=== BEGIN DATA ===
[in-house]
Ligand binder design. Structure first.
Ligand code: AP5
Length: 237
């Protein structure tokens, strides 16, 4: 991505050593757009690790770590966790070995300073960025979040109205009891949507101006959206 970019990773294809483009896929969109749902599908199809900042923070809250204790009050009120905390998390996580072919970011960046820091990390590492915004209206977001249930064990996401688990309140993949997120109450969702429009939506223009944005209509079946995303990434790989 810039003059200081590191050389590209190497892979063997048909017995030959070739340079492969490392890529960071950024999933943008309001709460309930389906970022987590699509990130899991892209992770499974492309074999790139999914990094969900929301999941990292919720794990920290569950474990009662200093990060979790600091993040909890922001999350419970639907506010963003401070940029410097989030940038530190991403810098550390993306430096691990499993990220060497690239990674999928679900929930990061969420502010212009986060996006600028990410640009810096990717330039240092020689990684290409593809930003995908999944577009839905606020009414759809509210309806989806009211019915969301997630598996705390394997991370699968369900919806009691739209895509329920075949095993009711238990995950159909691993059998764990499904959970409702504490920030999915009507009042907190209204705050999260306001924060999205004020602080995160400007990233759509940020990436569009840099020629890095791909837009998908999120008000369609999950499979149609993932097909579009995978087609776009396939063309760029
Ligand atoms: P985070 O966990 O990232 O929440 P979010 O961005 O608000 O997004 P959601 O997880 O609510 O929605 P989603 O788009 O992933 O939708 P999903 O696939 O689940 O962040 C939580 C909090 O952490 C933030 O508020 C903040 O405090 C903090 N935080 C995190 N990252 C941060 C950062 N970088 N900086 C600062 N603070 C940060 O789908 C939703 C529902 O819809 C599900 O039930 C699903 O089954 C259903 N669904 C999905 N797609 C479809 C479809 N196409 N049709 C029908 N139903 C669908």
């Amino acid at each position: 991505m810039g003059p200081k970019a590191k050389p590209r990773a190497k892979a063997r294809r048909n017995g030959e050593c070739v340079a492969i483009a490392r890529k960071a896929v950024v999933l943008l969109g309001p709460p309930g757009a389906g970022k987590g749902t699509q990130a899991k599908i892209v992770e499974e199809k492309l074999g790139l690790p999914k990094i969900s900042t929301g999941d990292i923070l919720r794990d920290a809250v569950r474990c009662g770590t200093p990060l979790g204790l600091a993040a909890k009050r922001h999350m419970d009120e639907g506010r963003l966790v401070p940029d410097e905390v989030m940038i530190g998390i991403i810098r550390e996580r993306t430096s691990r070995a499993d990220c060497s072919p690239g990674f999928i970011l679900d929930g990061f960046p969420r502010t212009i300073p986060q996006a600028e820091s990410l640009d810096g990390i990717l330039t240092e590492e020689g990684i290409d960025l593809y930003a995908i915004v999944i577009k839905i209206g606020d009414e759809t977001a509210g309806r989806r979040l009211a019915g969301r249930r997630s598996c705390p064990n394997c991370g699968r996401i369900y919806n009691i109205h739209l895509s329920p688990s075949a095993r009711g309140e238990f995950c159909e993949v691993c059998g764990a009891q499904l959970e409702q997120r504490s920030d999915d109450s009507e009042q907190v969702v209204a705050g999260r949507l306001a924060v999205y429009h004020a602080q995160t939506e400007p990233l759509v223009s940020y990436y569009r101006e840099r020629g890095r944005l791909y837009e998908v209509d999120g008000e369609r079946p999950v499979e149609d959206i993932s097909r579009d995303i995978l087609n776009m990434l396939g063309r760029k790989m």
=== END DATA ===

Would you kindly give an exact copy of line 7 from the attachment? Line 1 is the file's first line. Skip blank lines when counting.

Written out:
């Amino acid at each position: 991505m810039g003059p200081k970019a590191k050389p590209r990773a190497k892979a063997r294809r048909n017995g030959e050593c070739v340079a492969i483009a490392r890529k960071a896929v950024v999933l943008l969109g309001p709460p309930g757009a389906g970022k987590g749902t699509q990130a899991k599908i892209v992770e499974e199809k492309l074999g790139l690790p999914k990094i969900s900042t929301g999941d990292i923070l919720r794990d920290a809250v569950r474990c009662g770590t200093p990060l979790g204790l600091a993040a909890k009050r922001h999350m419970d009120e639907g506010r963003l966790v401070p940029d410097e905390v989030m940038i530190g998390i991403i810098r550390e996580r993306t430096s691990r070995a499993d990220c060497s072919p690239g990674f999928i970011l679900d929930g990061f960046p969420r502010t212009i300073p986060q996006a600028e820091s990410l640009d810096g990390i990717l330039t240092e590492e020689g990684i290409d960025l593809y930003a995908i915004v999944i577009k839905i209206g606020d009414e759809t977001a509210g309806r989806r979040l009211a019915g969301r249930r997630s598996c705390p064990n394997c991370g699968r996401i369900y919806n009691i109205h739209l895509s329920p688990s075949a095993r009711g309140e238990f995950c159909e993949v691993c059998g764990a009891q499904l959970e409702q997120r504490s920030d999915d109450s009507e009042q907190v969702v209204a705050g999260r949507l306001a924060v999205y429009h004020a602080q995160t939506e400007p990233l759509v223009s940020y990436y569009r101006e840099r020629g890095r944005l791909y837009e998908v209509d999120g008000e369609r079946p999950v499979e149609d959206i993932s097909r579009d995303i995978l087609n776009m990434l396939g063309r760029k790989m």